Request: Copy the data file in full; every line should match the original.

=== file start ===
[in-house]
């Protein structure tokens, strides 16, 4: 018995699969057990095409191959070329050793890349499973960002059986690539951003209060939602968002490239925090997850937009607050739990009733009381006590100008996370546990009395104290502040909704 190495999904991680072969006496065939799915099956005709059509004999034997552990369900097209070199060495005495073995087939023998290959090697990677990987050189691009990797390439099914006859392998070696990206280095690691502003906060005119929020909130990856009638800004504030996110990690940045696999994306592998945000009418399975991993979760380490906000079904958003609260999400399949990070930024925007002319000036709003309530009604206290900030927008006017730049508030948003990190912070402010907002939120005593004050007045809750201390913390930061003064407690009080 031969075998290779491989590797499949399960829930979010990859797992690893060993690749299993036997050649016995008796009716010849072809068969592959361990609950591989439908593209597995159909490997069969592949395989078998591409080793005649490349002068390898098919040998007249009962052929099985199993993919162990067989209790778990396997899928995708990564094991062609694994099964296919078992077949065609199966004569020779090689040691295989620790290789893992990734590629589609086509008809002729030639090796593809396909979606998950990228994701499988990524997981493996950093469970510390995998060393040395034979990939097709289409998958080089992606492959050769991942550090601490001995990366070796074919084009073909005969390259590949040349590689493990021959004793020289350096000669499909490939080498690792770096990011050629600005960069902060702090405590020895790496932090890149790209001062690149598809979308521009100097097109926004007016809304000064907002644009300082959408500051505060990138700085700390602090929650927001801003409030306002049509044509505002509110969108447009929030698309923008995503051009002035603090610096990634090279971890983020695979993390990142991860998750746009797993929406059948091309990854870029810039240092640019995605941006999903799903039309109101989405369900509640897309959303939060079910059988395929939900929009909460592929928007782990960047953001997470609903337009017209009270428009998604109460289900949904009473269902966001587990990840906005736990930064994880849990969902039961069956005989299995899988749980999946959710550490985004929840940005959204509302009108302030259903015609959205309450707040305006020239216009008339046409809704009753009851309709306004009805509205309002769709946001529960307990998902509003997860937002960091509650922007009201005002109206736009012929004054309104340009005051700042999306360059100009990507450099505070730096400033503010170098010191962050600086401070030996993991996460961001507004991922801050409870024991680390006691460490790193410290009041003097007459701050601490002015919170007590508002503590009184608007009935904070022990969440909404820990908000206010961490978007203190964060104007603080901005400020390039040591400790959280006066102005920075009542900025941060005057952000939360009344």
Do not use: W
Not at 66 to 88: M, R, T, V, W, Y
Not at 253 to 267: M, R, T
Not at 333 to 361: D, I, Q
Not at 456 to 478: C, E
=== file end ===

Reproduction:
[in-house]
């Protein structure tokens, strides 16, 4: 018995699969057990095409191959070329050793890349499973960002059986690539951003209060939602968002490239925090997850937009607050739990009733009381006590100008996370546990009395104290502040909704 190495999904991680072969006496065939799915099956005709059509004999034997552990369900097209070199060495005495073995087939023998290959090697990677990987050189691009990797390439099914006859392998070696990206280095690691502003906060005119929020909130990856009638800004504030996110990690940045696999994306592998945000009418399975991993979760380490906000079904958003609260999400399949990070930024925007002319000036709003309530009604206290900030927008006017730049508030948003990190912070402010907002939120005593004050007045809750201390913390930061003064407690009080 031969075998290779491989590797499949399960829930979010990859797992690893060993690749299993036997050649016995008796009716010849072809068969592959361990609950591989439908593209597995159909490997069969592949395989078998591409080793005649490349002068390898098919040998007249009962052929099985199993993919162990067989209790778990396997899928995708990564094991062609694994099964296919078992077949065609199966004569020779090689040691295989620790290789893992990734590629589609086509008809002729030639090796593809396909979606998950990228994701499988990524997981493996950093469970510390995998060393040395034979990939097709289409998958080089992606492959050769991942550090601490001995990366070796074919084009073909005969390259590949040349590689493990021959004793020289350096000669499909490939080498690792770096990011050629600005960069902060702090405590020895790496932090890149790209001062690149598809979308521009100097097109926004007016809304000064907002644009300082959408500051505060990138700085700390602090929650927001801003409030306002049509044509505002509110969108447009929030698309923008995503051009002035603090610096990634090279971890983020695979993390990142991860998750746009797993929406059948091309990854870029810039240092640019995605941006999903799903039309109101989405369900509640897309959303939060079910059988395929939900929009909460592929928007782990960047953001997470609903337009017209009270428009998604109460289900949904009473269902966001587990990840906005736990930064994880849990969902039961069956005989299995899988749980999946959710550490985004929840940005959204509302009108302030259903015609959205309450707040305006020239216009008339046409809704009753009851309709306004009805509205309002769709946001529960307990998902509003997860937002960091509650922007009201005002109206736009012929004054309104340009005051700042999306360059100009990507450099505070730096400033503010170098010191962050600086401070030996993991996460961001507004991922801050409870024991680390006691460490790193410290009041003097007459701050601490002015919170007590508002503590009184608007009935904070022990969440909404820990908000206010961490978007203190964060104007603080901005400020390039040591400790959280006066102005920075009542900025941060005057952000939360009344």
Do not use: W
Not at 66 to 88: M, R, T, V, W, Y
Not at 253 to 267: M, R, T
Not at 333 to 361: D, I, Q
Not at 456 to 478: C, E